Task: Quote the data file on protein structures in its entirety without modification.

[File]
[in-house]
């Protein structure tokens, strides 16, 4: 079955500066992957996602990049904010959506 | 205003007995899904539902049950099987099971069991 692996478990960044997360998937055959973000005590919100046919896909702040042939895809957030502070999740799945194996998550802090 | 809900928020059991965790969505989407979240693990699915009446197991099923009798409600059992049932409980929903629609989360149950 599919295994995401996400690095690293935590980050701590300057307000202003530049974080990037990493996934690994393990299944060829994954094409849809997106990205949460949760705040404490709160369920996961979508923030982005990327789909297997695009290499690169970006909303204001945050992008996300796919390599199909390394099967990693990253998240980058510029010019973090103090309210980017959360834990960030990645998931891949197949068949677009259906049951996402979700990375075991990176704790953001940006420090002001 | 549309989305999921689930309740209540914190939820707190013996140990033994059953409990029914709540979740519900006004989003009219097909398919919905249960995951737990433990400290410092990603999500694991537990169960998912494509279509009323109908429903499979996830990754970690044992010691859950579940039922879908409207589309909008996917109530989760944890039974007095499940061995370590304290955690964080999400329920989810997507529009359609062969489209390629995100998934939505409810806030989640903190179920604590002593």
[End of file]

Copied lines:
[in-house]
């Protein structure tokens, strides 16, 4: 079955500066992957996602990049904010959506 | 205003007995899904539902049950099987099971069991 692996478990960044997360998937055959973000005590919100046919896909702040042939895809957030502070999740799945194996998550802090 | 809900928020059991965790969505989407979240693990699915009446197991099923009798409600059992049932409980929903629609989360149950 599919295994995401996400690095690293935590980050701590300057307000202003530049974080990037990493996934690994393990299944060829994954094409849809997106990205949460949760705040404490709160369920996961979508923030982005990327789909297997695009290499690169970006909303204001945050992008996300796919390599199909390394099967990693990253998240980058510029010019973090103090309210980017959360834990960030990645998931891949197949068949677009259906049951996402979700990375075991990176704790953001940006420090002001 | 549309989305999921689930309740209540914190939820707190013996140990033994059953409990029914709540979740519900006004989003009219097909398919919905249960995951737990433990400290410092990603999500694991537990169960998912494509279509009323109908429903499979996830990754970690044992010691859950579940039922879908409207589309909008996917109530989760944890039974007095499940061995370590304290955690964080999400329920989810997507529009359609062969489209390629995100998934939505409810806030989640903190179920604590002593």